SParts Project: Software Parts Ledger
Utilizing the Blockchain to Establish Trust with Open Source across a SupplyChain
We developed a Blockchain-based Software Parts Ledger to track the open source components from which today's manufactured products and devices are constructed. A number of important benefits are obtained by knowing which open source components are used such as: 1) ensuring manufactures are able to identify and secure the distribution rights (licenses) for all open source components; 2) understanding the impact of open source security vulnerabilities; 3) enable identification of cryptography technologies (e.g., FIPS 140-2 certification, export licensing); and 4) enable accurate reporting on all open source parts as a requirement to obtaining functional safety certification for safety critical products (e.g., medical devices, aircraft, autonomous vehicles, elevators, …)
The Software Part ledger establishes trust between a manufacture and its suppliers by tracking suppliers, their software parts, the open source used and the corresponding Compliance Artifacts - e.g., source code, legal notices, Open Source Bill of Materials, SPDX data, cryptography data and so forth. This is particular helpful for manufactures who build products that utilize software from many different suppliers (including sub-suppliers). To achieve accountability a mechanism is needed to maintain global state information about the suppliers; their parts and compliance artifacts for all participate across the supply chain. To establish trust among all participants, these records need to be i) transparent, ii) immutable, while iii) removing the dependence on third party information brokers (middle guy).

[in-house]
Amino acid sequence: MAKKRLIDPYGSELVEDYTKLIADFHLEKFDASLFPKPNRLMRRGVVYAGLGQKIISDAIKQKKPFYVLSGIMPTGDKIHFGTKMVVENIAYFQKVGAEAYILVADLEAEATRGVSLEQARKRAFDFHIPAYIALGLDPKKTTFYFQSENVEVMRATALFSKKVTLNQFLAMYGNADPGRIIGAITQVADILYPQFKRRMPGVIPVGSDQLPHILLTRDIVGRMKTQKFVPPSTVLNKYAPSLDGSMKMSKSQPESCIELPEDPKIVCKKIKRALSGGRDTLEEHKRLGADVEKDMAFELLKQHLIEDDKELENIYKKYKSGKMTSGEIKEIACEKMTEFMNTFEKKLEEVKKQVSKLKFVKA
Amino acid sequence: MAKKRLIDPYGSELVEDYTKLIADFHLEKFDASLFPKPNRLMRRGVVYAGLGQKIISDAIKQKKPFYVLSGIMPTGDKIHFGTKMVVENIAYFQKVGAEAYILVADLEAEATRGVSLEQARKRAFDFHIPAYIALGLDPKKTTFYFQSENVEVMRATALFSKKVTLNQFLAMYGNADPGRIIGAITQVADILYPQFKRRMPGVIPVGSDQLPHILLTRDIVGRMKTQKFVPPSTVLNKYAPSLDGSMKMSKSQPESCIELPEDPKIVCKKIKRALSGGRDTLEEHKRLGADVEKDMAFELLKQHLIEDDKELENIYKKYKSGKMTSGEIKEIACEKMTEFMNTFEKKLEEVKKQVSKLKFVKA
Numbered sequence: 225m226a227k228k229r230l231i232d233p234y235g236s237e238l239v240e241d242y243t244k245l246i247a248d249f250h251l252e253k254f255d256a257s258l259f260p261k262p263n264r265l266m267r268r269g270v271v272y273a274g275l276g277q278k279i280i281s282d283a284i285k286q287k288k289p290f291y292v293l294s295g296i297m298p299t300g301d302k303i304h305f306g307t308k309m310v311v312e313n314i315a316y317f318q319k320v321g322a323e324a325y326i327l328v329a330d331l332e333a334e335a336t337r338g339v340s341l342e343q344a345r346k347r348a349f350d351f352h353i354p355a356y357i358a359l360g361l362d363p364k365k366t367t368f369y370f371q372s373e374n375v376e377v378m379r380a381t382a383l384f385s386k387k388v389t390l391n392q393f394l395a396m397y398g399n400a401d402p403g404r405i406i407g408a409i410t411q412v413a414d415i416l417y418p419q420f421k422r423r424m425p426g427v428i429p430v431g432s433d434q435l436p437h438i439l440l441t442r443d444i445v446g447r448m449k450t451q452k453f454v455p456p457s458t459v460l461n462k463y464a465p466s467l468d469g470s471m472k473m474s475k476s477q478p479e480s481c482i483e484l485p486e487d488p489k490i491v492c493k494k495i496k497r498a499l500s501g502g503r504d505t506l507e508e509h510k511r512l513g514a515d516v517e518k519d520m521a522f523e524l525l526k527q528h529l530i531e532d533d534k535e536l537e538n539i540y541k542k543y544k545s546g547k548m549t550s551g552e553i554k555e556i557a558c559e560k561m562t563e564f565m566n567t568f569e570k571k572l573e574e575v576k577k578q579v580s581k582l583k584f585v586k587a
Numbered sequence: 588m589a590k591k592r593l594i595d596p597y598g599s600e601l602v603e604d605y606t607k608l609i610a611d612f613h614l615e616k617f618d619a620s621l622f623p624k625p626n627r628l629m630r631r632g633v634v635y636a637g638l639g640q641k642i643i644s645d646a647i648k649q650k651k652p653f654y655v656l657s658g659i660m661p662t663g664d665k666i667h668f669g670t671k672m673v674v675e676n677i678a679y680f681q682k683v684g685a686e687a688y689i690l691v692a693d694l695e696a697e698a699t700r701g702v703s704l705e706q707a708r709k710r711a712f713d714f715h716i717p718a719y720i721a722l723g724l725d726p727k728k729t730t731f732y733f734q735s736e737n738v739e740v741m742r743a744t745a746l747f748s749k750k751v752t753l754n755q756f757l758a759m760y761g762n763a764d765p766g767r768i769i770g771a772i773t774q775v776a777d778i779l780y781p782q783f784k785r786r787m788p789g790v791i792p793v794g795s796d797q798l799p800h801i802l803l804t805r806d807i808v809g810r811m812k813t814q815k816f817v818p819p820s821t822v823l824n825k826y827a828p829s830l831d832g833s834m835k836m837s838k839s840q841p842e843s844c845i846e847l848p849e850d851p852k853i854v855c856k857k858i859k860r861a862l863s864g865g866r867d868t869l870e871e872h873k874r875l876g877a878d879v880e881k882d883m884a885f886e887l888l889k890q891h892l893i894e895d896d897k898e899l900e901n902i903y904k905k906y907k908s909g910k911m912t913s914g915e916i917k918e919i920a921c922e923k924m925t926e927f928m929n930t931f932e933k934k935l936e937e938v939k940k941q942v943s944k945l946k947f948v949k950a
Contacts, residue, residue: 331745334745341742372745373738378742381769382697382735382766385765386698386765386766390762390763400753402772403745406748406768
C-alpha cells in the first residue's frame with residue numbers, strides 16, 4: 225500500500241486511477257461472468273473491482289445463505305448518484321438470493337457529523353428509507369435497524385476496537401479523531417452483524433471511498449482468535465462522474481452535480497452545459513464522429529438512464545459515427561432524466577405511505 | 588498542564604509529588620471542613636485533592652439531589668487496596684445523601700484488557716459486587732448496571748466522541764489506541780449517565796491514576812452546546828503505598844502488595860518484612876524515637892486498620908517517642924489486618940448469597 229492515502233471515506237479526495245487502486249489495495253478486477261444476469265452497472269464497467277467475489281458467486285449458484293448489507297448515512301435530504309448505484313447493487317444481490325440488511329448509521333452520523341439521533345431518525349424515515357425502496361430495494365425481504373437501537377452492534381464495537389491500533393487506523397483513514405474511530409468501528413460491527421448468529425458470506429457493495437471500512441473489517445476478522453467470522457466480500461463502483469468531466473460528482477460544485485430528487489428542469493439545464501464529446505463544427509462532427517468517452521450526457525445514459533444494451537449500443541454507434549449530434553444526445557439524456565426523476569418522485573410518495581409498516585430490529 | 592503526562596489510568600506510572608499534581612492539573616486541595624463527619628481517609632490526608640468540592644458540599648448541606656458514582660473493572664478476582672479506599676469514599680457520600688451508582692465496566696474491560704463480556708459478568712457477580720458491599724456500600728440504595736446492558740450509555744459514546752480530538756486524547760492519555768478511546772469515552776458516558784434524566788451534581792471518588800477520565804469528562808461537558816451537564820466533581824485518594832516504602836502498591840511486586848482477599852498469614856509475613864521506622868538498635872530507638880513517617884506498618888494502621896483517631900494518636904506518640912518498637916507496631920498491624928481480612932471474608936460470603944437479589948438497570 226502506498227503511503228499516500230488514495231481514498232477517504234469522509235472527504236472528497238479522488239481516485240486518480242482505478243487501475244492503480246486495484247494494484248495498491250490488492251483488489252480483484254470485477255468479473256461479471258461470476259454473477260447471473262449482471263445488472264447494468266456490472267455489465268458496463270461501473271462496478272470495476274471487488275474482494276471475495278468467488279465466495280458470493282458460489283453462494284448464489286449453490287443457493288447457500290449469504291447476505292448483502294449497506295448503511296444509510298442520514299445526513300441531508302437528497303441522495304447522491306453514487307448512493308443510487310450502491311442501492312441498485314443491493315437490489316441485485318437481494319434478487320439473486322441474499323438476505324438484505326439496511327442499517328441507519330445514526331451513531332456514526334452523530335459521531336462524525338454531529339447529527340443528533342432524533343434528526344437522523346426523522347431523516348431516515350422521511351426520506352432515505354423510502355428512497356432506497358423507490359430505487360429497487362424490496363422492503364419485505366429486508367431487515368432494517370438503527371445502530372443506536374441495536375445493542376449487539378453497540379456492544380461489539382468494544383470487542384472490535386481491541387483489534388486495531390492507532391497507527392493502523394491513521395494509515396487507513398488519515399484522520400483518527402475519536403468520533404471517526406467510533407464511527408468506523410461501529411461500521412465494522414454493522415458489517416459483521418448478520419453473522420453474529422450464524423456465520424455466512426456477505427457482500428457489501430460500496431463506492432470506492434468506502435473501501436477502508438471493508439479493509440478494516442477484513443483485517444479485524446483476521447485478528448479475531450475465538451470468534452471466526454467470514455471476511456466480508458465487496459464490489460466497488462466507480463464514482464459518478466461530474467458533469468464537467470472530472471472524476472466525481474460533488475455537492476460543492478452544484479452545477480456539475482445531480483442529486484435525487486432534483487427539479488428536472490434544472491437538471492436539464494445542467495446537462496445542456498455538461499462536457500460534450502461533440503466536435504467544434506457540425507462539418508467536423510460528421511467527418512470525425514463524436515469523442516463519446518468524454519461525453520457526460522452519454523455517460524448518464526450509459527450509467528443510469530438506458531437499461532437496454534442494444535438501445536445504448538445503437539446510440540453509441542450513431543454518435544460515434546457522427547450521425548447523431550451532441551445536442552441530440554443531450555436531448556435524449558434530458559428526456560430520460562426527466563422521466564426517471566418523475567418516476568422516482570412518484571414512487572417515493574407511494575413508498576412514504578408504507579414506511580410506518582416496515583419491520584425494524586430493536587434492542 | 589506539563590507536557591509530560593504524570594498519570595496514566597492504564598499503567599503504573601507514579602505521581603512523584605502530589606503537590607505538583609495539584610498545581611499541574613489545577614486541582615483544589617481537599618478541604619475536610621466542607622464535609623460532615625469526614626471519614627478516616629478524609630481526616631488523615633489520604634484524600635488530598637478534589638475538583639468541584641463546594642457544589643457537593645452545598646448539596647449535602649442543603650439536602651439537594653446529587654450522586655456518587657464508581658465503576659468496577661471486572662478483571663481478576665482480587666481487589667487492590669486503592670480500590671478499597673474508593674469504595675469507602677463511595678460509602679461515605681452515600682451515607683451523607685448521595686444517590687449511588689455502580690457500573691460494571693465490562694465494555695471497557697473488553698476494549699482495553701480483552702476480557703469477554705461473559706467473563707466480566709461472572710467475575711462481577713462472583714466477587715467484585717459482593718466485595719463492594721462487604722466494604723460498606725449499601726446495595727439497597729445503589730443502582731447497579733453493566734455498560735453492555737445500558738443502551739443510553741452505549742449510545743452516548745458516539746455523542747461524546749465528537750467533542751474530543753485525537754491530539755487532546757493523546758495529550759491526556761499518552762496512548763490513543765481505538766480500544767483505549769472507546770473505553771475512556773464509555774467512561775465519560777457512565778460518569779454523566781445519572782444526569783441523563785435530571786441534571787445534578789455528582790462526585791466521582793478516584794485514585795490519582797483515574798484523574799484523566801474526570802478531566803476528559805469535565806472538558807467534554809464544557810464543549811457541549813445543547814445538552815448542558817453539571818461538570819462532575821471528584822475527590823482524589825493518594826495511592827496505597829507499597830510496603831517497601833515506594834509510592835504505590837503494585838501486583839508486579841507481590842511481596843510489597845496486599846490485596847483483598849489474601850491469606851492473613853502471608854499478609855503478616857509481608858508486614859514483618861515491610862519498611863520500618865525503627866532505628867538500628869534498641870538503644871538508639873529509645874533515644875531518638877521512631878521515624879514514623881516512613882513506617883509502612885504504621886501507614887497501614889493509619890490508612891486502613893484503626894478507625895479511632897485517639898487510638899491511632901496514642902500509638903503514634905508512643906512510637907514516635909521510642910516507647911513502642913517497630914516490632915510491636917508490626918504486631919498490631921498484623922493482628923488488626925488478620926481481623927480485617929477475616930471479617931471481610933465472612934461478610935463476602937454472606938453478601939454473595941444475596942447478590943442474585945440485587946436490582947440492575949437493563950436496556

We obtain the required level of trust by utilizing the Hyperledger project's Sawtooth platform to construct a Blockchain Ledger. The Ledger achieves accountability by tracking which suppliers delivered which software parts that used which open source and who delivered (or did not deliver) which open source compliance artifacts. We also utilize a new data construct, the Compliance Envelope, a standard method of collecting, indexing and archiving a diverse collection of compliance artifacts so that they can be delivered as a single unit with each software part. A compliance envelope is essentially an archive file containing the collection of artifacts plus a set meta information. We use the Ledger to maintain the association among the supplier, their parts and the corresponding compliance envelope. One can associate individual artifacts to a given product but that adds an addition level of information retrieval complexity. The Software Parts Ledger ensures the compliance envelope information is transparent, immutable to unlawful modifications and where no central organization broker is required.